Friday, July 4, 2008


Not much going on here. I submitted a “White paper” research grant proposal for a contract with the US government on some work (if I told you I would have to kill you [j/k]). But I’m still waiting on my friend Vinod to get back to me on that. So that’s not in the forefront for me. I would love for it to work out but if not, I’ve still some other opportunities.

My HIV/AIDS grant with the Bill Gates Foundation is due in one week. It’s quite exciting but I’m not sure about it. In all honesty, they have demanded so much from me here that I have not given proper attention to it. It’s a grant that requires excessive (good excess) creativity as they are only funding curative and vaccine research that is “off-the-beaten-path,” completely untried, unorthodox, etc. I like what the guy is doing in trying to push this cure like never before. Though it’s true that there currently are no cures for ANY virus, HIV just might be the virus that first brings a cure to a known virus. We’ll see. Either way, I don’t feel ready to submit at this point, especially as I can only submit one idea/proposal and not all the ones I have. So I have to choose the best one. We’ll see what happens. But the grant highlights the fact that just simple prevention strategies and antiretroviral drugs are not enough. In South Africa, we have more people infected each year than new people who start taking the medicines. So we are losing the battle. Moreover, I just read an article that says the argument between the activists and the Christians (I’m labeling them) over the A or the C in ABC (Abstinence, Be Faithful, Use a Condom) is misplaced as the B seems to have a greater impact (as suggested by this article).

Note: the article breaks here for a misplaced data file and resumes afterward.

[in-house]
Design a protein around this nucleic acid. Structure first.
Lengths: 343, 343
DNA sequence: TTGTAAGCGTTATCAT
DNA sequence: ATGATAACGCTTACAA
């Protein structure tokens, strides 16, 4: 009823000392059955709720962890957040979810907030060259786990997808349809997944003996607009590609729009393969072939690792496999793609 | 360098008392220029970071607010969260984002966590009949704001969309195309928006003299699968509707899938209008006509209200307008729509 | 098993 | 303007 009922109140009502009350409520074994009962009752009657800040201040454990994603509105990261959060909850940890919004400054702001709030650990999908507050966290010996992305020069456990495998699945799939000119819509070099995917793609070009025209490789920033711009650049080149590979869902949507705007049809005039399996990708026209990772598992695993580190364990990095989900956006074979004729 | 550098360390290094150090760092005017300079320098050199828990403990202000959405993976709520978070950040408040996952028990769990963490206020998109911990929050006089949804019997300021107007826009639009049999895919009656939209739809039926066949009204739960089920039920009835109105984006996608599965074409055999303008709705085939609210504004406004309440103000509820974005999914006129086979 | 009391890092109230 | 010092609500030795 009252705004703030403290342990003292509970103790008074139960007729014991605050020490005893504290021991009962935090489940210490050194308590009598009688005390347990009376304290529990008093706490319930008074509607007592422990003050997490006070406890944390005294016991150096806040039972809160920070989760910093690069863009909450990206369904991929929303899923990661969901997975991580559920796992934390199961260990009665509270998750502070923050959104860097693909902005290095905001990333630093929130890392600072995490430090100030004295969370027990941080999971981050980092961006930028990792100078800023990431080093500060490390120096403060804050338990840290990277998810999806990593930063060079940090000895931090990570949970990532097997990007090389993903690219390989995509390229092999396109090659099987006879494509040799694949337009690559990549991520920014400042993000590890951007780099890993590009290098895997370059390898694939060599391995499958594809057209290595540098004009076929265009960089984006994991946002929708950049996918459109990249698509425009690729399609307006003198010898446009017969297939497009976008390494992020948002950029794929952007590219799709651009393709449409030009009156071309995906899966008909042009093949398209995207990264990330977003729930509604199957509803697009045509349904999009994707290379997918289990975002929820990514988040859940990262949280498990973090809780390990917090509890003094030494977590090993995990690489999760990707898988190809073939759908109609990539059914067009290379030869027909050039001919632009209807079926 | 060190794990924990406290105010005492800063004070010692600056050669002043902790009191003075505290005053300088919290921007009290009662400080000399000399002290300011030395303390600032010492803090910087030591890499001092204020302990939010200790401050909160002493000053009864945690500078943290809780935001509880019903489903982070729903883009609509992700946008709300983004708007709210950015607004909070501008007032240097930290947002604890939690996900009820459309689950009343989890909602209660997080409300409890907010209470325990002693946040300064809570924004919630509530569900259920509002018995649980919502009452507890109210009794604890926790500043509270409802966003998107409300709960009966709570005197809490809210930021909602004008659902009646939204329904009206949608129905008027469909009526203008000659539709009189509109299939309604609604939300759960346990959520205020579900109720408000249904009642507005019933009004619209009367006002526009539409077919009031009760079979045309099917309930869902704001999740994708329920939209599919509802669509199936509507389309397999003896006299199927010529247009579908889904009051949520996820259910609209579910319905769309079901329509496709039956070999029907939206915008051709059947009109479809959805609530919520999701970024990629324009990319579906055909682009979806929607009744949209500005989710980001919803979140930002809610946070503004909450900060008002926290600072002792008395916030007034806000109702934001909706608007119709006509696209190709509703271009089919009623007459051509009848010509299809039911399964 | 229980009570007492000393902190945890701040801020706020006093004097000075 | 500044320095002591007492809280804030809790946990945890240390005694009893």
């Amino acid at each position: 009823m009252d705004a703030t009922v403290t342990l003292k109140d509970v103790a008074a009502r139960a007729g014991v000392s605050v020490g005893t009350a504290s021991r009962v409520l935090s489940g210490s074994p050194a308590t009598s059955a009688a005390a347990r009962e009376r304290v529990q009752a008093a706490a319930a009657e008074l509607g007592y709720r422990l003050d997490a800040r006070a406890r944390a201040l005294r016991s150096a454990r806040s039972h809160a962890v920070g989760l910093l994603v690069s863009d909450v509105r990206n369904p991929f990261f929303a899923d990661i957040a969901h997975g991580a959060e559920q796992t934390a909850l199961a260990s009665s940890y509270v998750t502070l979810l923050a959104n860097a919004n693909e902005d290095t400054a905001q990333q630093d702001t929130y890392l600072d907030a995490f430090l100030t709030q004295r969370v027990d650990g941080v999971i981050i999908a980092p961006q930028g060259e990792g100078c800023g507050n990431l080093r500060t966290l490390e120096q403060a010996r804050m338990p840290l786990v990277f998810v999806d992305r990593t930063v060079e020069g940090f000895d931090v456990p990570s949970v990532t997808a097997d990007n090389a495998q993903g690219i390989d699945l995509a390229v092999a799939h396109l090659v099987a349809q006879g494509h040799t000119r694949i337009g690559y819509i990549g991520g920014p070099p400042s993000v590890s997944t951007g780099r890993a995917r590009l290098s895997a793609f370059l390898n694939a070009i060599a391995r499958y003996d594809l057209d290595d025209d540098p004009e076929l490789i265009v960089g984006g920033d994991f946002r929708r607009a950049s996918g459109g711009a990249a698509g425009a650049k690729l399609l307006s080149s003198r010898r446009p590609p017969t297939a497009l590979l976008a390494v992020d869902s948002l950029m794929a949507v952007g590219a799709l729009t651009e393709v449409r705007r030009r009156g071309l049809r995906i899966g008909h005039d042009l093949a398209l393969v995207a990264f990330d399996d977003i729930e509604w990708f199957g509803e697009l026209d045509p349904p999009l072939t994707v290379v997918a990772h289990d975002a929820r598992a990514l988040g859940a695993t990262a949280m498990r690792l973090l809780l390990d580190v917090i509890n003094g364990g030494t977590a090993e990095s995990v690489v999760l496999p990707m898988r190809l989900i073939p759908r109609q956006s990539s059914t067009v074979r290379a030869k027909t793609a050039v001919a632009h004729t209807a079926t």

This has to do with sexual networks. If you create a diagram showing a network of people in which each person is connected by lines to every other person he or she has had sex with, you can create a sexual network. And contrary to belief of some, the HIV phenomenon in South Africa is dominated by heterosexual infection (not homosexual), so any arguments about South Africa’s homosexual population fall flat. Moreover, even arguments (western arguments) about African and southern Africa’s promiscuity fall flat. I just saw some detailed data on the percentage of people (married men and married women) who had sex before marriage around the world. When you looked at men (these are adults now, so they were teenagers back in the 60’s or 70’s or 80’s) it involved a lot of countries including the US, Europe, Africa, and Latin America. When you looked at women, the US was still lit up with 75% along with Australia. I think there was no African country in that high range. The data was produced two years ago but shows me that incidence of sex is less out here than say the US (at least according to the data), and it’s the actual picture that Africans have according to US movies. Yet people here are often accused of having too much intercourse or being loose.